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Marilyn Monroe curves and a massive sun screen: world’s best skyscrapers (pics)

Don’t look down! Tall buildings in Australia, Italy and Qatar are among the winners…

AFRAID OF HEIGHTS? This may not be the story for you then.

A building with ‘sexy curves’, one with climate walls, and a facade that opens and closes in response to the sun – they’re among the features of some of 2012′s best tall buildings.

Towers in Canada, Qatar, Australia and Italy have been named winners in the regional categories, while a skyscraper in Abu Dhabi has won the innovation award.

Marilyn Monroe curves and a massive sun screen: world’s best skyscrapers (pics)
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  • Palazzo Lombardia, Milan, Italy - 161 metres

    Palazzo Lombardia, the first CTBUH award winner from Italy, turns a government office complex into a new public space for Milan. The project, anchored by a 160-meter-tall tower, offers a variety of open spaces and passageways, linking the project to the nearby Pirelli Tower. Sustainability measures include green roofs and active climate walls with vertical blades that rotate to provide shade. The central piazza is covered by a curved, clear ETFE roof, recalling Milan's famous Galleria. (Fernando Guerra) Architect: Pei Cobb Freed & Partners
  • Doha Tower, Doha, Qatar - 238 metres

    The distinctive cylindrical form is elegant and efficient, creating a distinctive new landmark for the fast-growing Qatar capital. The façade is constructed of multi-layered patterns invoking ancient Islamic screens designed to shade buildings from the sun. Similar in concept to Mr. Nouvel’s Torre Agbar office building in Barcelona, the Doha tower is the first tall building to use a reinforced concrete dia-grid columns in a cross shape. There is no central core, maximizing the interior space available for tenants. (Courtesy of architect Ateliers Jean Nouvel)
  • 1 Bligh Street, Sydney, Australia - 135 metres

    A difficult site in Sydney’s central business district was transformed by the elliptical tower, which offers tenants several ground-breaking technological advances. The centerpiece is Australia’s tallest naturally ventilated skylit atrium, trimmed in glass and aluminum, which soars the full height of the building. Other innovations include a double-skin, naturally-ventilated glass façade and a hybrid system using gas and solar energy to generate cooling, heating and electricity for the building. (Ingenhoven architects + Architectus / H.G. Esch, Hennef)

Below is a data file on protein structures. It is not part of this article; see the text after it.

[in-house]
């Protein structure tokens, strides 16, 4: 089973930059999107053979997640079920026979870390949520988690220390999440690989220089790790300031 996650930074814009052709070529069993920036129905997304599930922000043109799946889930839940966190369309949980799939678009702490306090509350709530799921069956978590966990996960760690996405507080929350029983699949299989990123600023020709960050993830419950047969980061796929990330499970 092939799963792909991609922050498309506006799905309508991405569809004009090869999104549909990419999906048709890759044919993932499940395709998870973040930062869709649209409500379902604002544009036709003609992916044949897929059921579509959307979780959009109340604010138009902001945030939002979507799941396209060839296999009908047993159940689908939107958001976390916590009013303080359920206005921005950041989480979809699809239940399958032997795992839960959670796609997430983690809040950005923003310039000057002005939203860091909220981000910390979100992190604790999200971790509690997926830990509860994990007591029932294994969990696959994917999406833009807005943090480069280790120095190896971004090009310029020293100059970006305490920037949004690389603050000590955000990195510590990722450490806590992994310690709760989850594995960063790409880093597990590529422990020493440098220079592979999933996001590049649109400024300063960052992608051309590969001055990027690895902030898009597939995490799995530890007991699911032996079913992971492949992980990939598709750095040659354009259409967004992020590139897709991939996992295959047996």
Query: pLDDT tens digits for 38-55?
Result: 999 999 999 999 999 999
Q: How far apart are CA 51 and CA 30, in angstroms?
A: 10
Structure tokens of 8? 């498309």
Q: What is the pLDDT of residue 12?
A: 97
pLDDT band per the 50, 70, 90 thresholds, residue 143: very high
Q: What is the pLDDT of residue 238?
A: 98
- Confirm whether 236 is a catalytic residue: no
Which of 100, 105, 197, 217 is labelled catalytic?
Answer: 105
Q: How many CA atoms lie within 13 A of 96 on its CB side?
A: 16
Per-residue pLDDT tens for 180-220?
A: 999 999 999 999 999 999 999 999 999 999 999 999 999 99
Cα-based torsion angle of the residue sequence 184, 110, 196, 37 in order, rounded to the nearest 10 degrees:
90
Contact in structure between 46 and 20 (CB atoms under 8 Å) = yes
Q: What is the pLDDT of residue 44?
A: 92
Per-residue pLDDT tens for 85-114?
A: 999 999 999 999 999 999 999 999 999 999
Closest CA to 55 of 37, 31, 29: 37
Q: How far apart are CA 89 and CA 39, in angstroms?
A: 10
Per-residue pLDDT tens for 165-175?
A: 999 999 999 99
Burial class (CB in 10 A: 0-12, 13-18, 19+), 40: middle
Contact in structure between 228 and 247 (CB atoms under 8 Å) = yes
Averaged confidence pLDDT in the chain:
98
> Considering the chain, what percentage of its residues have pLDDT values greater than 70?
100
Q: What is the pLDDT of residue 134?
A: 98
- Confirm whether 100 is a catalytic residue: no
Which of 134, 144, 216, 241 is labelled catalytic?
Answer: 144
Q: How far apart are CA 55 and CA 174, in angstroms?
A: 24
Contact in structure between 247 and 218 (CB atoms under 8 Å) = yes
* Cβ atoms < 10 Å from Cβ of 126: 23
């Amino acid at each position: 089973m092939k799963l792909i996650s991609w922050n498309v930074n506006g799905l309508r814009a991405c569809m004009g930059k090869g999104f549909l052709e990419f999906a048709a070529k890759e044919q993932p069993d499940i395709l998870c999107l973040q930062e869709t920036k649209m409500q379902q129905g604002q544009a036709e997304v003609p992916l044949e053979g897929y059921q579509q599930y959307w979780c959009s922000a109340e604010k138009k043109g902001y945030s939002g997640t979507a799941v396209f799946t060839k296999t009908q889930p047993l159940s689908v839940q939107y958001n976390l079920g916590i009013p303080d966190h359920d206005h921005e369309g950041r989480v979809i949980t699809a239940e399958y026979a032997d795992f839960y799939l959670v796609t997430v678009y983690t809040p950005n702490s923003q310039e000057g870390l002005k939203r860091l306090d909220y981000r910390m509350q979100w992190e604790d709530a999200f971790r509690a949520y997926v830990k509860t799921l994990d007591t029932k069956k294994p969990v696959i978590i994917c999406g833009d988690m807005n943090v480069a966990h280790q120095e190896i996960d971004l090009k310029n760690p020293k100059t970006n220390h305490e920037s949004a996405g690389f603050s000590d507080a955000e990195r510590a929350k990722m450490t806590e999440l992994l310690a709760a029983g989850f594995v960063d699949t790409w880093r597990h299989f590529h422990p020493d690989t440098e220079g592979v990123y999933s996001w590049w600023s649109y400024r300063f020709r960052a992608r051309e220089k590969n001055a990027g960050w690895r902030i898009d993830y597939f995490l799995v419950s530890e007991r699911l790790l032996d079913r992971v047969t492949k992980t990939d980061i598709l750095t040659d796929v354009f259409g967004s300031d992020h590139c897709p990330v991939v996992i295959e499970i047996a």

• Al Bahar Towers, Abu Dhabi, UAE - 145 metres

    The tower’s innovative dynamic façade opens and closes in response to the movement of the sun, reducing solar gain by more than 50 percent, creating a more comfortable internal environment for occupants and producing a distinctive external aesthetic which helps to define the building as a gateway to the UAE capital. The façade was conceived as a contemporary interpretation of the traditional Islamic “mashrabiya”; a popular form of wooden lattice screen found in vernacular Islamic architecture and used as a device for achieving privacy while reducing glare and solar gain. (courtesy of architect Aedas)
  • Absolute Towers, Mississauga, Canada - 179.5 metres

    Dubbed the “Marilyn Monroe” building, due to its sexy curves, Absolute Towers has added a new landmark to the skyline of Mississauga, the fast-growing suburb of Toronto. The architects sought to add to something “naturalistic, delicate and human in contrast to the backdrop of listless, boxy buildings.” The design features smooth, unbroken balconies that wrap each floor of the building. The torsional form of the towers is underpinned with a surprisingly simple and inexpensive structural solution. (©TomArban) Architect: MAD Architects

The awards are being given by the Council on Tall Buildings and Urban Habitat, which is an international non-profit organisation. An overall winner for the Best Tall Building Worldwide will be named at the 11th annual CTBUH awards on 18 October in Chicago.

More: World Trade Centre is now New York’s tallest building again>

Mind now: China and India warned over skyscraper boom>

Gallery: The future of skyscrapers>

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About the author:

Emer McLysaght

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